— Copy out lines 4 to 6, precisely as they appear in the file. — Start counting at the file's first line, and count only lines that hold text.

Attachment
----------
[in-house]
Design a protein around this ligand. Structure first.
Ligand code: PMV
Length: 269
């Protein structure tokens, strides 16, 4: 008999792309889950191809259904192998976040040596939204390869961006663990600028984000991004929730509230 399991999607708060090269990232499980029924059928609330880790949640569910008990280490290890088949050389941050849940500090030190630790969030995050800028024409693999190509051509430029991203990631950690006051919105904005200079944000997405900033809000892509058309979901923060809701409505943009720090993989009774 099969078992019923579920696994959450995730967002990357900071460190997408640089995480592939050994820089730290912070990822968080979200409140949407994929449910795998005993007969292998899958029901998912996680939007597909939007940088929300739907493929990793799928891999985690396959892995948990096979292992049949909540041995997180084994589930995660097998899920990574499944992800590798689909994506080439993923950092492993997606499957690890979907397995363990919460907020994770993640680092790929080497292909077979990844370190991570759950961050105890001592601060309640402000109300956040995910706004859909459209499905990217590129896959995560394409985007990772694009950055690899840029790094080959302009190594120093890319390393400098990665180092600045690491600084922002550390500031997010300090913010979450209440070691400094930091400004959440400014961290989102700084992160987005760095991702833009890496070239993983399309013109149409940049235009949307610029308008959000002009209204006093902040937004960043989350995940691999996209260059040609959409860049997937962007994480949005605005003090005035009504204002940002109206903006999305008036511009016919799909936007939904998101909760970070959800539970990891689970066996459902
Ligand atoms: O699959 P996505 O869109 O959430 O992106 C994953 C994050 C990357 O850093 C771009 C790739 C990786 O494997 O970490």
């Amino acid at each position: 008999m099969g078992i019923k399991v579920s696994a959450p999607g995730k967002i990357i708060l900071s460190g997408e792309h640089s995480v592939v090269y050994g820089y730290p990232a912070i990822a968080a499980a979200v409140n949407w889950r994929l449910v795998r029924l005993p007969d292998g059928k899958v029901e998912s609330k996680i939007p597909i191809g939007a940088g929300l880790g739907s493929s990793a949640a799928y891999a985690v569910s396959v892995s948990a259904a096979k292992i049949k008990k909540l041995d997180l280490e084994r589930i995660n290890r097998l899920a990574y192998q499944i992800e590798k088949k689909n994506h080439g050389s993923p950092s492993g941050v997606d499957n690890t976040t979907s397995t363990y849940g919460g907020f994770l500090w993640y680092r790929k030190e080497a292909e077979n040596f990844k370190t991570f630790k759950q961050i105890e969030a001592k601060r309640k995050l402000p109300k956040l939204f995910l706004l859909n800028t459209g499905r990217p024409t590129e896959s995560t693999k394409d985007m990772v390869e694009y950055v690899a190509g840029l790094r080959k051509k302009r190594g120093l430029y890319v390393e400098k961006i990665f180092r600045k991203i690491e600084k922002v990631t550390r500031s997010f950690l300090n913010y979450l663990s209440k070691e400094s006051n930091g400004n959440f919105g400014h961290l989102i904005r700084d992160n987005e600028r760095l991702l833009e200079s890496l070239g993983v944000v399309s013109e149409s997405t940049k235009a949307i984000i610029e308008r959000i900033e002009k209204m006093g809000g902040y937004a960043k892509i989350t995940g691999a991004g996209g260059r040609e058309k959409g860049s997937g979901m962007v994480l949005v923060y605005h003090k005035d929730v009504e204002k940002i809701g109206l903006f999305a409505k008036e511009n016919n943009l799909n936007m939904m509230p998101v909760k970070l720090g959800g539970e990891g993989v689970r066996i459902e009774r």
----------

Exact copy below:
Length: 269
């Protein structure tokens, strides 16, 4: 008999792309889950191809259904192998976040040596939204390869961006663990600028984000991004929730509230 399991999607708060090269990232499980029924059928609330880790949640569910008990280490290890088949050389941050849940500090030190630790969030995050800028024409693999190509051509430029991203990631950690006051919105904005200079944000997405900033809000892509058309979901923060809701409505943009720090993989009774 099969078992019923579920696994959450995730967002990357900071460190997408640089995480592939050994820089730290912070990822968080979200409140949407994929449910795998005993007969292998899958029901998912996680939007597909939007940088929300739907493929990793799928891999985690396959892995948990096979292992049949909540041995997180084994589930995660097998899920990574499944992800590798689909994506080439993923950092492993997606499957690890979907397995363990919460907020994770993640680092790929080497292909077979990844370190991570759950961050105890001592601060309640402000109300956040995910706004859909459209499905990217590129896959995560394409985007990772694009950055690899840029790094080959302009190594120093890319390393400098990665180092600045690491600084922002550390500031997010300090913010979450209440070691400094930091400004959440400014961290989102700084992160987005760095991702833009890496070239993983399309013109149409940049235009949307610029308008959000002009209204006093902040937004960043989350995940691999996209260059040609959409860049997937962007994480949005605005003090005035009504204002940002109206903006999305008036511009016919799909936007939904998101909760970070959800539970990891689970066996459902
Ligand atoms: O699959 P996505 O869109 O959430 O992106 C994953 C994050 C990357 O850093 C771009 C790739 C990786 O494997 O970490």